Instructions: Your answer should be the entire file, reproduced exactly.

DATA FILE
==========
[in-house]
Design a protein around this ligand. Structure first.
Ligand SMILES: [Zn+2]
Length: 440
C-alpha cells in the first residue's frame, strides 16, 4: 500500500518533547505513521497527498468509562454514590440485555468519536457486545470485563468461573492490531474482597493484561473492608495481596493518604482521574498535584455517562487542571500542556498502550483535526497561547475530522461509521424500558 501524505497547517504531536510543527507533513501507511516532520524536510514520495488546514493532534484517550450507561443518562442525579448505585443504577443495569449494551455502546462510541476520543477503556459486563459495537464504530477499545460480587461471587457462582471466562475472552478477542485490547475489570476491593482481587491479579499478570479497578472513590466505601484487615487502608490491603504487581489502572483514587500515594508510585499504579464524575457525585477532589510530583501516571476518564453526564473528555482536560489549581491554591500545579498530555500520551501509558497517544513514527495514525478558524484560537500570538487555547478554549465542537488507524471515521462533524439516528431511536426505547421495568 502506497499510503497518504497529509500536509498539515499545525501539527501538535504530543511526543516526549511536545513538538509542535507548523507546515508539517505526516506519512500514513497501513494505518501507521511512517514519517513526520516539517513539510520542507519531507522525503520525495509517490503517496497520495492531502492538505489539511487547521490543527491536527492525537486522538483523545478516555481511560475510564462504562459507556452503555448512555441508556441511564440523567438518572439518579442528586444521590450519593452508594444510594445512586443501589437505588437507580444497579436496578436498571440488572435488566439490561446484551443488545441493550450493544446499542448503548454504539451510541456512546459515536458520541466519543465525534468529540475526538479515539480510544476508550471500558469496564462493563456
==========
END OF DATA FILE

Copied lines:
[in-house]
Design a protein around this ligand. Structure first.
Ligand SMILES: [Zn+2]
Length: 440
C-alpha cells in the first residue's frame, strides 16, 4: 500500500518533547505513521497527498468509562454514590440485555468519536457486545470485563468461573492490531474482597493484561473492608495481596493518604482521574498535584455517562487542571500542556498502550483535526497561547475530522461509521424500558 501524505497547517504531536510543527507533513501507511516532520524536510514520495488546514493532534484517550450507561443518562442525579448505585443504577443495569449494551455502546462510541476520543477503556459486563459495537464504530477499545460480587461471587457462582471466562475472552478477542485490547475489570476491593482481587491479579499478570479497578472513590466505601484487615487502608490491603504487581489502572483514587500515594508510585499504579464524575457525585477532589510530583501516571476518564453526564473528555482536560489549581491554591500545579498530555500520551501509558497517544513514527495514525478558524484560537500570538487555547478554549465542537488507524471515521462533524439516528431511536426505547421495568 502506497499510503497518504497529509500536509498539515499545525501539527501538535504530543511526543516526549511536545513538538509542535507548523507546515508539517505526516506519512500514513497501513494505518501507521511512517514519517513526520516539517513539510520542507519531507522525503520525495509517490503517496497520495492531502492538505489539511487547521490543527491536527492525537486522538483523545478516555481511560475510564462504562459507556452503555448512555441508556441511564440523567438518572439518579442528586444521590450519593452508594444510594445512586443501589437505588437507580444497579436496578436498571440488572435488566439490561446484551443488545441493550450493544446499542448503548454504539451510541456512546459515536458520541466519543465525534468529540475526538479515539480510544476508550471500558469496564462493563456